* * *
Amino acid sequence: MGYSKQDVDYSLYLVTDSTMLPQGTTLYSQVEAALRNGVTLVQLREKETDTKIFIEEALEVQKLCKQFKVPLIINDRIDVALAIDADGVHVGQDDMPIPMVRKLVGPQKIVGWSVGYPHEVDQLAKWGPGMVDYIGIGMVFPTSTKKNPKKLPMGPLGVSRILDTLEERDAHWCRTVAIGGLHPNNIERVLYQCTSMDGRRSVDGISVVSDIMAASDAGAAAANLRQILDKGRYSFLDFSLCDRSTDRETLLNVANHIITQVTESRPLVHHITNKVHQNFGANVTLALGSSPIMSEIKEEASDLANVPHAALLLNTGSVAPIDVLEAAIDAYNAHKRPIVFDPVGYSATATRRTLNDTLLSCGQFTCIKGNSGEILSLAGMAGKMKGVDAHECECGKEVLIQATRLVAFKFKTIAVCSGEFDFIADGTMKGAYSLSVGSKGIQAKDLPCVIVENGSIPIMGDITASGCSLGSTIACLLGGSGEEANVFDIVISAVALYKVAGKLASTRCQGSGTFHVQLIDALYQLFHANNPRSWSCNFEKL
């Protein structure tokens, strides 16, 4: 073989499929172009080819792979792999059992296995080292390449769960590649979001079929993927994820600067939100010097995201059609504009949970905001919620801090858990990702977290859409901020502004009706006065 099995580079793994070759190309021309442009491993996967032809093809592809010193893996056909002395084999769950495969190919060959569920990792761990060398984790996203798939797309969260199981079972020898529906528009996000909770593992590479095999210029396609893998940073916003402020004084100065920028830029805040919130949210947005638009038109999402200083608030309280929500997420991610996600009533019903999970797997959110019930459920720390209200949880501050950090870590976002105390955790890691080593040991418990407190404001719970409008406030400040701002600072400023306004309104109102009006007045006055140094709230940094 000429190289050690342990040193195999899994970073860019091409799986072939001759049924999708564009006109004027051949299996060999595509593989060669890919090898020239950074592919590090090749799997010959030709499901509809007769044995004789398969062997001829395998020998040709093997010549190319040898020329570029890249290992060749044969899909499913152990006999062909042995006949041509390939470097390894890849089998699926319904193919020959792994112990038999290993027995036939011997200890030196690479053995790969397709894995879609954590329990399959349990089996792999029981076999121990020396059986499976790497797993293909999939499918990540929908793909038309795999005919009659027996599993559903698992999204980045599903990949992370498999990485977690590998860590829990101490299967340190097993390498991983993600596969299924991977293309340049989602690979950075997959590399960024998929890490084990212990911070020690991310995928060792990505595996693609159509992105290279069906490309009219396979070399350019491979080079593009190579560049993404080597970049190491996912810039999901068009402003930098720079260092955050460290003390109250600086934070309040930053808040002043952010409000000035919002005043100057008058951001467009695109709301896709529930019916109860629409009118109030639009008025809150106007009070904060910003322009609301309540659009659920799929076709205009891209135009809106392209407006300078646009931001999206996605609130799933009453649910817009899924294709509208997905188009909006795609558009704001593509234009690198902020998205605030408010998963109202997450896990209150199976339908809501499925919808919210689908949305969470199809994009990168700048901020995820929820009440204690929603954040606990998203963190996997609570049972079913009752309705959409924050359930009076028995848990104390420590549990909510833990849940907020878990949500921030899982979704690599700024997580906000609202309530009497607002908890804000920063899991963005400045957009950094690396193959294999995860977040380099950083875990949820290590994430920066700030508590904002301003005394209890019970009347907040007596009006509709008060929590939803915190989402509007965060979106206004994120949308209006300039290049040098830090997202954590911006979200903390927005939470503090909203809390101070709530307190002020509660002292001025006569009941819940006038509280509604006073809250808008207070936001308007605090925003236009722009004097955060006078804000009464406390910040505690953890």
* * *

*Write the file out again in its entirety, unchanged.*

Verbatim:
Amino acid sequence: MGYSKQDVDYSLYLVTDSTMLPQGTTLYSQVEAALRNGVTLVQLREKETDTKIFIEEALEVQKLCKQFKVPLIINDRIDVALAIDADGVHVGQDDMPIPMVRKLVGPQKIVGWSVGYPHEVDQLAKWGPGMVDYIGIGMVFPTSTKKNPKKLPMGPLGVSRILDTLEERDAHWCRTVAIGGLHPNNIERVLYQCTSMDGRRSVDGISVVSDIMAASDAGAAAANLRQILDKGRYSFLDFSLCDRSTDRETLLNVANHIITQVTESRPLVHHITNKVHQNFGANVTLALGSSPIMSEIKEEASDLANVPHAALLLNTGSVAPIDVLEAAIDAYNAHKRPIVFDPVGYSATATRRTLNDTLLSCGQFTCIKGNSGEILSLAGMAGKMKGVDAHECECGKEVLIQATRLVAFKFKTIAVCSGEFDFIADGTMKGAYSLSVGSKGIQAKDLPCVIVENGSIPIMGDITASGCSLGSTIACLLGGSGEEANVFDIVISAVALYKVAGKLASTRCQGSGTFHVQLIDALYQLFHANNPRSWSCNFEKL
């Protein structure tokens, strides 16, 4: 073989499929172009080819792979792999059992296995080292390449769960590649979001079929993927994820600067939100010097995201059609504009949970905001919620801090858990990702977290859409901020502004009706006065 099995580079793994070759190309021309442009491993996967032809093809592809010193893996056909002395084999769950495969190919060959569920990792761990060398984790996203798939797309969260199981079972020898529906528009996000909770593992590479095999210029396609893998940073916003402020004084100065920028830029805040919130949210947005638009038109999402200083608030309280929500997420991610996600009533019903999970797997959110019930459920720390209200949880501050950090870590976002105390955790890691080593040991418990407190404001719970409008406030400040701002600072400023306004309104109102009006007045006055140094709230940094 000429190289050690342990040193195999899994970073860019091409799986072939001759049924999708564009006109004027051949299996060999595509593989060669890919090898020239950074592919590090090749799997010959030709499901509809007769044995004789398969062997001829395998020998040709093997010549190319040898020329570029890249290992060749044969899909499913152990006999062909042995006949041509390939470097390894890849089998699926319904193919020959792994112990038999290993027995036939011997200890030196690479053995790969397709894995879609954590329990399959349990089996792999029981076999121990020396059986499976790497797993293909999939499918990540929908793909038309795999005919009659027996599993559903698992999204980045599903990949992370498999990485977690590998860590829990101490299967340190097993390498991983993600596969299924991977293309340049989602690979950075997959590399960024998929890490084990212990911070020690991310995928060792990505595996693609159509992105290279069906490309009219396979070399350019491979080079593009190579560049993404080597970049190491996912810039999901068009402003930098720079260092955050460290003390109250600086934070309040930053808040002043952010409000000035919002005043100057008058951001467009695109709301896709529930019916109860629409009118109030639009008025809150106007009070904060910003322009609301309540659009659920799929076709205009891209135009809106392209407006300078646009931001999206996605609130799933009453649910817009899924294709509208997905188009909006795609558009704001593509234009690198902020998205605030408010998963109202997450896990209150199976339908809501499925919808919210689908949305969470199809994009990168700048901020995820929820009440204690929603954040606990998203963190996997609570049972079913009752309705959409924050359930009076028995848990104390420590549990909510833990849940907020878990949500921030899982979704690599700024997580906000609202309530009497607002908890804000920063899991963005400045957009950094690396193959294999995860977040380099950083875990949820290590994430920066700030508590904002301003005394209890019970009347907040007596009006509709008060929590939803915190989402509007965060979106206004994120949308209006300039290049040098830090997202954590911006979200903390927005939470503090909203809390101070709530307190002020509660002292001025006569009941819940006038509280509604006073809250808008207070936001308007605090925003236009722009004097955060006078804000009464406390910040505690953890």